CVS Caremark Corporation operates 6,300 retail pharmacy stores in the U.S., as well as online and mail order pharmacy businesses. Its customers pay with credit and debit cards, insurance cards, personal checks and cash, generating an electronic river of private financial information. CVS also collects sensitive employee information. In 2006 and 2007, TV stations reported finding clearly readable credit card receipts, prescriptions and pharmacy labels in trash dumpsters used by CVS pharmacies in 15 U.S. cities.
In June, following a lengthy investigation, the Federal Trade Commission (FTC) entered a consent order with CVS. The FTC ordered CVS to create an information security system preventing unauthorized disclosure, misuse, loss or destruction of information, to have that system audited yearly, and to allow monitoring by the FTC for the next 20 years.
The Privacy Wave
Laws come in waves. Civil rights laws washed in during the 1960s, and environmental laws floated in during the 1970s. A flood of state and federal privacy laws is now engulfing the U.S. The laws include the federal Fair Credit Reporting Act, the Gramm-Leach-Bliley Act, the Children’s Online Privacy Protection Act, the Fair and Accurate Credit Transactions Act and the Federal Trade Commission Act, all with their many regulations and amendments, as well as recently-enacted state laws.
Increasingly, not just banks, but any company that sells products and collects financial information as part of the sale, must protect that information or face investigations and damages.
The FTC is a new “heavy” in data protection enforcement. The CVS case was the 24th case brought by the FTC to challenge information security practices, and the first case challenging the security of employee data, as well as customer data.
In another recent case, the FTC targeted Compgeeks, an online seller of computer electronics, which collects sensitive information for credit card purchases, such as names, addresses, credit card numbers, expiration dates and security codes. In January 2008, the media reported a data breach at Compgeeks. The company later confirmed that hackers had accessed the sensitive information of numerous consumers. The FTC complaint alleged that Compgeeks routinely stored sensitive information in unencrypted text, did not adequately assess whether its Web application and network were vulnerable to attack, and did not employ even defenses that were free or inexpensive. As with CVS, the FTC mandated that Compgeeks establish a data security plan which would be continuously audited by outside auditors and monitored by the FTC.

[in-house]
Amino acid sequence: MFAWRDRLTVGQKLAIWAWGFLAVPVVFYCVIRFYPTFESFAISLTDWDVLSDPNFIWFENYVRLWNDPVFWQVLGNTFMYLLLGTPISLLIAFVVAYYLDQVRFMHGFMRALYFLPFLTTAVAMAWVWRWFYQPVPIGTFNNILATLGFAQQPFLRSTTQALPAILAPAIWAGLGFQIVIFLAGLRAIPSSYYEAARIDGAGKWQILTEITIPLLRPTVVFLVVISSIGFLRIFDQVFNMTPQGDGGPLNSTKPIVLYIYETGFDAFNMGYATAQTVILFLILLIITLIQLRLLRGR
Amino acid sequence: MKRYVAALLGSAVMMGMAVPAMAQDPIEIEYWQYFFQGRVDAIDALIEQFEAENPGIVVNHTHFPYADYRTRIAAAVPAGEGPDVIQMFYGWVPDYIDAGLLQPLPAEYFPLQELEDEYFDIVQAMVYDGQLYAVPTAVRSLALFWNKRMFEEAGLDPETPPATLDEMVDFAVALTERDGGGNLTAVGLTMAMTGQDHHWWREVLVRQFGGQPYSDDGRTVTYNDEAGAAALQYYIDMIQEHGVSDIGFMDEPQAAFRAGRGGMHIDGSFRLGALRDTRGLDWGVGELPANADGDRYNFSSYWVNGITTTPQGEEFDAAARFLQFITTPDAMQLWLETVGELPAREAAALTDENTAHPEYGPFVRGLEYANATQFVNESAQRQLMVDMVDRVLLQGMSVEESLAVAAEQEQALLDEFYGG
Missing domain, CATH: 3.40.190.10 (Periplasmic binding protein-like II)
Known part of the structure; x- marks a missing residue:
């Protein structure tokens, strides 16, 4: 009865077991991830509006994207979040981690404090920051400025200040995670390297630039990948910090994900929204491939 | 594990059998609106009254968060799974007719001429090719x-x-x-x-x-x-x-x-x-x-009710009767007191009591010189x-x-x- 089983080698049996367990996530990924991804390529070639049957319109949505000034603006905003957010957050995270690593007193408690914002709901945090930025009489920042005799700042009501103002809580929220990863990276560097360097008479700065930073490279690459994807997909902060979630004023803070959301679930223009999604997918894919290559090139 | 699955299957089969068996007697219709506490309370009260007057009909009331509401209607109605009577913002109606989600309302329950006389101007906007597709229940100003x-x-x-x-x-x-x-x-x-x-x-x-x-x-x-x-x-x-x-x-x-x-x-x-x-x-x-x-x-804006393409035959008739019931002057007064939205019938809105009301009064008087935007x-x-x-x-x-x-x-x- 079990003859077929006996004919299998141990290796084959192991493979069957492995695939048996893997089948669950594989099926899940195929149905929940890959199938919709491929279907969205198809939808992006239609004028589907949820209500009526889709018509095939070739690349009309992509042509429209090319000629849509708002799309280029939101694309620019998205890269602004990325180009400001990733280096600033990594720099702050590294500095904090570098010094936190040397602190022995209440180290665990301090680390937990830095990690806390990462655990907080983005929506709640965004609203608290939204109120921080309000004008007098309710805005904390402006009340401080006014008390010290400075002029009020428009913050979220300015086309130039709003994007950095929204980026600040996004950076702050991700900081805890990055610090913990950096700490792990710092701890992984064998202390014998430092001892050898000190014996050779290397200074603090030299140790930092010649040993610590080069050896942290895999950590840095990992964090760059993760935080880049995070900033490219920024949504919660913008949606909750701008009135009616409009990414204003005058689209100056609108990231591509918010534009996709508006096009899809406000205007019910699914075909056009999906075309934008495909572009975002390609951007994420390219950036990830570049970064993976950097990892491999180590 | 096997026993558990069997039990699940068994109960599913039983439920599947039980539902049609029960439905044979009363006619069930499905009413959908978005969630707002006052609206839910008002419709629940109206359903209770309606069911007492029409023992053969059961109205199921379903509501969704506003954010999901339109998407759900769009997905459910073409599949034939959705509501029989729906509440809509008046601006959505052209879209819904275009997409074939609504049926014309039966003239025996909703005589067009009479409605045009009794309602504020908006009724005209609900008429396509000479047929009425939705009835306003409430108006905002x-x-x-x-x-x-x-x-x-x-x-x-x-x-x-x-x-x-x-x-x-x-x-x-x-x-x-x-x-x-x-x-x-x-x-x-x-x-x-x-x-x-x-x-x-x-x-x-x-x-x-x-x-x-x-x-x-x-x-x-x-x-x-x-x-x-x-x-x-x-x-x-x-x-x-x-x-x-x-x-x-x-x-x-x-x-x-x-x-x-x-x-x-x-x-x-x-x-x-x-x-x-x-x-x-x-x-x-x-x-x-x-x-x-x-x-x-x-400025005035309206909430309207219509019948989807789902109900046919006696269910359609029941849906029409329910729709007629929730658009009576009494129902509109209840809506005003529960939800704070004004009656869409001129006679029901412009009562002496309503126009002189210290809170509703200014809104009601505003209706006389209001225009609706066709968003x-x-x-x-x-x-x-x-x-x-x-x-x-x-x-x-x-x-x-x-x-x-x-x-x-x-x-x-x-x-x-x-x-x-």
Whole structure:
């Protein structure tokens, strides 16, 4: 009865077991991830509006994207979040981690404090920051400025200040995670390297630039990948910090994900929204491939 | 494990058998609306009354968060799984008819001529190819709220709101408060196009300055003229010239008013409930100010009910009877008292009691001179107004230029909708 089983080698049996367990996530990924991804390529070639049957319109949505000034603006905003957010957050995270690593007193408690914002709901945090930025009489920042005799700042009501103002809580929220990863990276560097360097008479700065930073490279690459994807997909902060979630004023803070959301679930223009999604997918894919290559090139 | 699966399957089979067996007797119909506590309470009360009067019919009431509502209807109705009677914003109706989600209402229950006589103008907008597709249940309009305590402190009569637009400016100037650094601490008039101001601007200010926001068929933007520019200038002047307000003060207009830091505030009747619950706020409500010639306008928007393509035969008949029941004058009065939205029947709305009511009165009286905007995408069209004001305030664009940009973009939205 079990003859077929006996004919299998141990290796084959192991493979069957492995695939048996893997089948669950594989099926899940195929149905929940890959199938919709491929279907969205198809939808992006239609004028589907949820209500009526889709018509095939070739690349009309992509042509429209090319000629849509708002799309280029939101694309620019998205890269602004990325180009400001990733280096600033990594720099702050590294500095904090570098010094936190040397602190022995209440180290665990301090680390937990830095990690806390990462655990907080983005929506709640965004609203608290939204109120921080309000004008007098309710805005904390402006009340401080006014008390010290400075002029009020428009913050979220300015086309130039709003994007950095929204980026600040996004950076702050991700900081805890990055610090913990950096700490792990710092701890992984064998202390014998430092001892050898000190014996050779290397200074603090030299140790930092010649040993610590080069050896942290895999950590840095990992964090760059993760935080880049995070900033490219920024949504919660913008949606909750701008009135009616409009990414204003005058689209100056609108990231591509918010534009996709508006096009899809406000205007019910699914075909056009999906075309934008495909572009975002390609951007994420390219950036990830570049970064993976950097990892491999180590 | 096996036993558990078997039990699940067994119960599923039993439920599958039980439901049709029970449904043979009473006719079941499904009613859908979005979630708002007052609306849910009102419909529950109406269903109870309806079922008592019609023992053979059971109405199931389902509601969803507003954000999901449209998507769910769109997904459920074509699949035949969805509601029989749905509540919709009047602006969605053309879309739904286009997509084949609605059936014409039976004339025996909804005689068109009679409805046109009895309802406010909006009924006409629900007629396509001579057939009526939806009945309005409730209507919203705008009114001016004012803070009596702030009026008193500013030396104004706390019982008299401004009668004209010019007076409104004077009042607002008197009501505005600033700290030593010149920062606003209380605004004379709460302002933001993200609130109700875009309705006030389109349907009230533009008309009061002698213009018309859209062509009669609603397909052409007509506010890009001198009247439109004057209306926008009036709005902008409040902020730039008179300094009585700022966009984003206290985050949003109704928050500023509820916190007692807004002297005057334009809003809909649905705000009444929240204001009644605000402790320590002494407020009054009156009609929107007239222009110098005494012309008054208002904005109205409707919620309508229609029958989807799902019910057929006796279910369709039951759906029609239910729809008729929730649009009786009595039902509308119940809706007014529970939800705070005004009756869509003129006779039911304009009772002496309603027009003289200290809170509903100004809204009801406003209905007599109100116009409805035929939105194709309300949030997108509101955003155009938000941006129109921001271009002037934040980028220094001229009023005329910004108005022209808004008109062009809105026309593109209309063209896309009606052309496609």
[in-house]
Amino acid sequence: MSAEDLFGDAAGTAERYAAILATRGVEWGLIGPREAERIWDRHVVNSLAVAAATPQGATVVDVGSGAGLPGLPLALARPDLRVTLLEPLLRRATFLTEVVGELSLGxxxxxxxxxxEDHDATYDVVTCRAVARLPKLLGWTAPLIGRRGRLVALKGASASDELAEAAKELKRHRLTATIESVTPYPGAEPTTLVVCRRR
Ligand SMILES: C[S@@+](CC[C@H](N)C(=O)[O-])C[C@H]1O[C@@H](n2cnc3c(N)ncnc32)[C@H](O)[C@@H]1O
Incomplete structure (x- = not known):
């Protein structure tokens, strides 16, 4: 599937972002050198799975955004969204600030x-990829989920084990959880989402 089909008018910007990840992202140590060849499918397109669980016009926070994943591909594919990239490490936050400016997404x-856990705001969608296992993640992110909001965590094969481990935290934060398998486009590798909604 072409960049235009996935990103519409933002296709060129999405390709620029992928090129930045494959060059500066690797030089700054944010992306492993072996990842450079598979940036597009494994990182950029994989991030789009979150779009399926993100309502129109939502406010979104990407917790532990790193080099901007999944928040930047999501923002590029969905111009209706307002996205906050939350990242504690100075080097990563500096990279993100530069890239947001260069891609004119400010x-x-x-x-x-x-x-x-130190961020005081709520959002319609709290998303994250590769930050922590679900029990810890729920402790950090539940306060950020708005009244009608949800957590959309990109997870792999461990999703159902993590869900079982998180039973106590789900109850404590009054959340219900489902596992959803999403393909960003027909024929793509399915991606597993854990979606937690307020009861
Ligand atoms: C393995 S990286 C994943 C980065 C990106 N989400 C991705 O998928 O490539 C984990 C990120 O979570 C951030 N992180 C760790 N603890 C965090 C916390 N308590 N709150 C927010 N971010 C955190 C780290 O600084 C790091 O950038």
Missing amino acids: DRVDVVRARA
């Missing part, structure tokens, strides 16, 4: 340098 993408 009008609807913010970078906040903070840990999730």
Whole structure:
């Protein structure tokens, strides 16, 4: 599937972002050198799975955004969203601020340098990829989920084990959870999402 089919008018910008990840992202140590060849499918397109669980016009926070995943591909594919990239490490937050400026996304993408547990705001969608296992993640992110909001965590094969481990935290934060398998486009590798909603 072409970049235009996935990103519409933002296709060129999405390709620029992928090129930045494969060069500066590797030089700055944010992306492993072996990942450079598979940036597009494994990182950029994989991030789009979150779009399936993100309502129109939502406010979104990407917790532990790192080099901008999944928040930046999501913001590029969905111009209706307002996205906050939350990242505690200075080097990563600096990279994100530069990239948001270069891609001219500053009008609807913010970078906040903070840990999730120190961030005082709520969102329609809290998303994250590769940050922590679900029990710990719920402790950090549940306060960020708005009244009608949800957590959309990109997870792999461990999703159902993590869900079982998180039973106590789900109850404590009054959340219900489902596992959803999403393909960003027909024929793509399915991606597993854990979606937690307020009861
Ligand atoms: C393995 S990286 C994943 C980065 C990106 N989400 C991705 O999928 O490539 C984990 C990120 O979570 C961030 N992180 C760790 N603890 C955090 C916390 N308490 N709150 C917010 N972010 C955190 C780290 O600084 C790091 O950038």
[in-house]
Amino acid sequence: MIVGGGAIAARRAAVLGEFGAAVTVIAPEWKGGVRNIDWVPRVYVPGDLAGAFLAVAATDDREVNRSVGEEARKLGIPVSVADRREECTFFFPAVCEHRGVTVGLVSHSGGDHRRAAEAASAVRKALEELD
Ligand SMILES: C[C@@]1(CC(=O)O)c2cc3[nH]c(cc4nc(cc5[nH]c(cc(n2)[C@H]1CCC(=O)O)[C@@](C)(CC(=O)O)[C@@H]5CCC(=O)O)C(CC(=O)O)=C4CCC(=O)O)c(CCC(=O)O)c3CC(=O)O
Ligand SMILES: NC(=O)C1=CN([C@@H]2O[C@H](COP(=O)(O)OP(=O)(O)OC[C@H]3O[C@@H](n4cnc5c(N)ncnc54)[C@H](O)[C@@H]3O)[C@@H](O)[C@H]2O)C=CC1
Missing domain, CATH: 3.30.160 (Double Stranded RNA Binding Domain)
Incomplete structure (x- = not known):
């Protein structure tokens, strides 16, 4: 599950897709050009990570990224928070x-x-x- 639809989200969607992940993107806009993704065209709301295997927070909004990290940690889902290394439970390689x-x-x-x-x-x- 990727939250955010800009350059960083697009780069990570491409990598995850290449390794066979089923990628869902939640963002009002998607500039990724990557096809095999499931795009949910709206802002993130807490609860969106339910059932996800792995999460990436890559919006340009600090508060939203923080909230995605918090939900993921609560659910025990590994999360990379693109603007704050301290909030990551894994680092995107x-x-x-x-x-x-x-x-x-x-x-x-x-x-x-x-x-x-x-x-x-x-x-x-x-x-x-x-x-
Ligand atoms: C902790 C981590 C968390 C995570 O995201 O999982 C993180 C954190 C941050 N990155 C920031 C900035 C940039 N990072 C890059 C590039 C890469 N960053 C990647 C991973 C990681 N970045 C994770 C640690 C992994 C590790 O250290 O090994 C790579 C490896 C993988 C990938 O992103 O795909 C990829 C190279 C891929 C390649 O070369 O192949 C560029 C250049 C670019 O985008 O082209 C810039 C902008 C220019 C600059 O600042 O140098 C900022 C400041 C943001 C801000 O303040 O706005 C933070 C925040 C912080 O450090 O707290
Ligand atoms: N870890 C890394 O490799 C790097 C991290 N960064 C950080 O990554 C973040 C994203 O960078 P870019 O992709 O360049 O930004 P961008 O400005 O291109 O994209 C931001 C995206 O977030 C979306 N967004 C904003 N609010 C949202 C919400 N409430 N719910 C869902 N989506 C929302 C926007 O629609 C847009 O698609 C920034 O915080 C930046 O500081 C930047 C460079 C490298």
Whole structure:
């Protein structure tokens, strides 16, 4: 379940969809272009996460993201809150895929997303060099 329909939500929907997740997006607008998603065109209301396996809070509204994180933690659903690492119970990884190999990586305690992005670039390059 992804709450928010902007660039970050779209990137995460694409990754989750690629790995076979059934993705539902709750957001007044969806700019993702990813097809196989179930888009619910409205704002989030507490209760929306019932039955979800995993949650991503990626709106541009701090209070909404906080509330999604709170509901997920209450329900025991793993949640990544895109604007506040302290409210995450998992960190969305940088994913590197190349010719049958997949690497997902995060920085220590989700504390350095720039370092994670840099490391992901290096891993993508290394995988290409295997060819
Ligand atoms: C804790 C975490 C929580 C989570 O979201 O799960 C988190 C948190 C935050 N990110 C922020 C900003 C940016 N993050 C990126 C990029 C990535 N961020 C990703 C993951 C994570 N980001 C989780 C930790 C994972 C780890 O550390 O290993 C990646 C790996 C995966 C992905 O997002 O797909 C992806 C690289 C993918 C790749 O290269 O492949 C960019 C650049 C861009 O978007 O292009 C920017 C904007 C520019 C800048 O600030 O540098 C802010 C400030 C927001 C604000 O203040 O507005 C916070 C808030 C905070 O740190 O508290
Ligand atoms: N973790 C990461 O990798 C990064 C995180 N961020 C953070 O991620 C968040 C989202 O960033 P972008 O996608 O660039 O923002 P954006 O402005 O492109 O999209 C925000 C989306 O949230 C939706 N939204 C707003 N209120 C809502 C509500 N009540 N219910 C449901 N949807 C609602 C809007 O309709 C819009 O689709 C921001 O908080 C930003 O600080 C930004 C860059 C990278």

A key part of the FTC’s privacy program is to force companies to keep the promises they make to consumers about privacy. Almost all the top 100 online commercial sites, and many minor ones, now post privacy policies. These policies soothe customers, but can also form a target for FTC investigations.
Several states, including Nevada and Massachusetts, now have data laws that govern small businesses—hair stylists, fast food stores—as well as CVS-type behemoths. Massachusetts requires businesses that collect information about the state’s residents to encrypt sensitive data stored on laptop computers and other portable devices. In Nevada, companies that suffer a security breach but comply with the new law can cap their damages at $1,000 per customer for each occurrence. Those that don’t comply will be subject to unlimited civil penalties.
The Utah Government Internet Information Privacy Act requires courts and other government agencies to post privacy policies on their Websites detailing how sensitive information is collected, used and disclosed, and expects them to comply with those policies. Utah does not yet have a similar law governing private businesses. However, the Utah legislature debated, in its last general session, about collecting information regarding each alcoholic drink purchased by Utah consumers. The purpose would be to assist the state in DUI cases, helping them identify individuals, how much he or she had to drink and where the drinks were purchased.
Utah does have a Computer Crimes Act prohibiting hacking, and an Access to Electronic Communications Act prohibiting providers of electronic communications and remote computing services from disclosing information.
The FTC publishes a booklet, “Protecting Personal Information: a Guide for Business” that identifies five key principles on which a sound security plan should be built. The booklet can be downloaded at ftc.gov. Those principles are:
• Take stock. Know what personal information you have in your files and on your computers.
• Scale down. Keep only what you need for your business.
• Lock it. Protect the information in your care.
• Pitch it. Properly dispose of what you no longer need.
• Plan ahead. Create a plan to respond to security incidents.
Catch the Wave
The trend in laws mandating data privacy protection will likely require even small businesses to eventually adopt privacy policies and encrypt sensitive data. It is an area of the law which is rapidly changing and of which all businesses should remain aware.
Gretta Spendlove is a shareholder at Durham Jones and Pinegar.